Now I can see why teachers don't want to expose their young charges to odd old material that requires context the children might not be able to grasp. I strongly object to teachers who vilify Enid Blyton for her "racism" and want her works excised because she was a product of her time.

And that's generally my view of those who want to criticise century-old works for not espousing the current perspective of race, gender, sexuality, geo-politics, or religion.

All that said, from a British point of view we have a different set of race sensitivities to the US ones. We don't have the residual cultural guilt of extinct Native Americans or of Negro slavery (we had slaves, and we sold a lot to America, but we got out of the game early and it never really impacted on us at home). So on the whole we're not as likely to be offended at the N-word or at depictions of black oppression. What we did was conquer or colonise a third of the planet, teaching generations of our citizens that the Chinese, (east) Indian, Asian, and African were in need of our benevolent guidance and rulership. Our literature of the nineteenth and early twentieth centuries is riddled with stereotype sinister Chinamen, comedy Indians, cruel Asiatic warlords, mad African queens etc., although there's also a generous subset of loyal Sepoy orderlies, dedicated Chinese manservants etc. I'm more likely to cringe at those characters.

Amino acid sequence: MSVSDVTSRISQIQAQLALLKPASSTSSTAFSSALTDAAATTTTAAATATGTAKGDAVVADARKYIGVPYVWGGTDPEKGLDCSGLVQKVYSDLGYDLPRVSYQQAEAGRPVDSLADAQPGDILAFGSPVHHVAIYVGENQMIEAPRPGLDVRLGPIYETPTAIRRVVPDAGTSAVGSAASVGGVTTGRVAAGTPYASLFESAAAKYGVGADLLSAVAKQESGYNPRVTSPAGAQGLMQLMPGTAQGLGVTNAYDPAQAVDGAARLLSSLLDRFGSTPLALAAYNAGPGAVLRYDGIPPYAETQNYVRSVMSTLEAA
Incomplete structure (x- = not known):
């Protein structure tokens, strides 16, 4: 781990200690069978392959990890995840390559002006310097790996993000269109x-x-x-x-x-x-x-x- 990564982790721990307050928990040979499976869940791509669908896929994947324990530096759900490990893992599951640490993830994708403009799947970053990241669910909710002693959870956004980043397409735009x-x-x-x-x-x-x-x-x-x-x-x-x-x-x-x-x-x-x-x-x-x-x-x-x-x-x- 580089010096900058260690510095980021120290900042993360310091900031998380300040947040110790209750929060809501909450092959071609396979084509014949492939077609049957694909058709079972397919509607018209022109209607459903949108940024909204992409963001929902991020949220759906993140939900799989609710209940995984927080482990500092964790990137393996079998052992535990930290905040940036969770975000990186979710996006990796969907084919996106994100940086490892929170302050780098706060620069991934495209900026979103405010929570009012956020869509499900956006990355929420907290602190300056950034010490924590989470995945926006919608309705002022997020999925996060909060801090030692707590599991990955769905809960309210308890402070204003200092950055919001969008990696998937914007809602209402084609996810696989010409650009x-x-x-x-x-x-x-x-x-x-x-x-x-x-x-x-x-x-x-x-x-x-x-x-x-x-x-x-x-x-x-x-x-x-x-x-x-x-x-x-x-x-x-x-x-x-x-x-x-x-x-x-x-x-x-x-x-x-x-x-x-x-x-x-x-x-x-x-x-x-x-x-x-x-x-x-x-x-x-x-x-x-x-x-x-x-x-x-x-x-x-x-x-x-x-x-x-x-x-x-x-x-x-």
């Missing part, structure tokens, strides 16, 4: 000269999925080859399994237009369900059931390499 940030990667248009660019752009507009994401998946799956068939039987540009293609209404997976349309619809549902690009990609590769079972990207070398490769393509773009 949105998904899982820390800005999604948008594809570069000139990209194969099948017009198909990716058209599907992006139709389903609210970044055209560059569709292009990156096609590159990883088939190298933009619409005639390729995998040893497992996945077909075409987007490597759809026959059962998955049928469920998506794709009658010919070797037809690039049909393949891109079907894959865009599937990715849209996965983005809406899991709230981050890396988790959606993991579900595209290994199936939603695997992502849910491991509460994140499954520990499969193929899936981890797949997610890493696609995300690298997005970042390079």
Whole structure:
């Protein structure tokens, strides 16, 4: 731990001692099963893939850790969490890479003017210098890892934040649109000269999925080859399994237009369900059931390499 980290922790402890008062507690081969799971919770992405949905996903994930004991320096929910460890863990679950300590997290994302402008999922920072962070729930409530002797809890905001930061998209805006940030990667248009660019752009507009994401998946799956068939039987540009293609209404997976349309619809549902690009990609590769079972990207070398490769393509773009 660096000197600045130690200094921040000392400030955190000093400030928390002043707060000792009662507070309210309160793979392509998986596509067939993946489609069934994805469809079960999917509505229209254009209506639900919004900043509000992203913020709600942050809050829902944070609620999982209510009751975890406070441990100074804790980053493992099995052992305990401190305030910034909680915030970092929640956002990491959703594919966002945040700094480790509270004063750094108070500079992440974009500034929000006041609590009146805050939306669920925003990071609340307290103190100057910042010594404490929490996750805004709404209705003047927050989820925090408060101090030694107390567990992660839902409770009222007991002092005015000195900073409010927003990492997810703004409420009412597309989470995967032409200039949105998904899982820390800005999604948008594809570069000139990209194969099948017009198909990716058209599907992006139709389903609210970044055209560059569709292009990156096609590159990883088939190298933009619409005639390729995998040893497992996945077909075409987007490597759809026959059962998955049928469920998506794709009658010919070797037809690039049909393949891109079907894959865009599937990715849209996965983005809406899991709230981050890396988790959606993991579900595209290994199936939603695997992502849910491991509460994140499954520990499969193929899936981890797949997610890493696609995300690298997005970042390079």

From a writers' point of view, let us thank the muses for the Nazis, an Aryan movement of thoroughly unlikeable mass murderers, the last racial subset we can truly despise and happily blow up without feeling the need to show that their culture and viewpoints had merits that must be respected.

Martin Page: A lot of racism in the old Pulps is just background radiation, or economical story telling - like Shakespeare's Shylock. So - being White and European - I am happy to ignore that. Anything vitriolic or packed with Jewish conspiracies can go in the bin, however.

Ed Erdelac: I think if you come at it with a clear sense of the time period it was written in, you can basically get by. But there is a difference to me, between reading something written during a less culturally sensitive or inclusive time, and reading something by a writer who is actively promoting that racist viewpoint. Most white writers of that era would be considered racist by today's standards in thought and word but probably weren't (in the most important sense) by action. There's no question that Robert E. Howard and Edgar Rice Burroughs had racist views, but I can usually look past them. Conversely, I put down the Doc Savage novel Brand Of The Werewolf, and have never picked up a Doc novel since.

Is it better for pulp writers to just ignore the racism of the past and move on, or do we owe it to culture at large to be more intentionally inclusive in new pulp?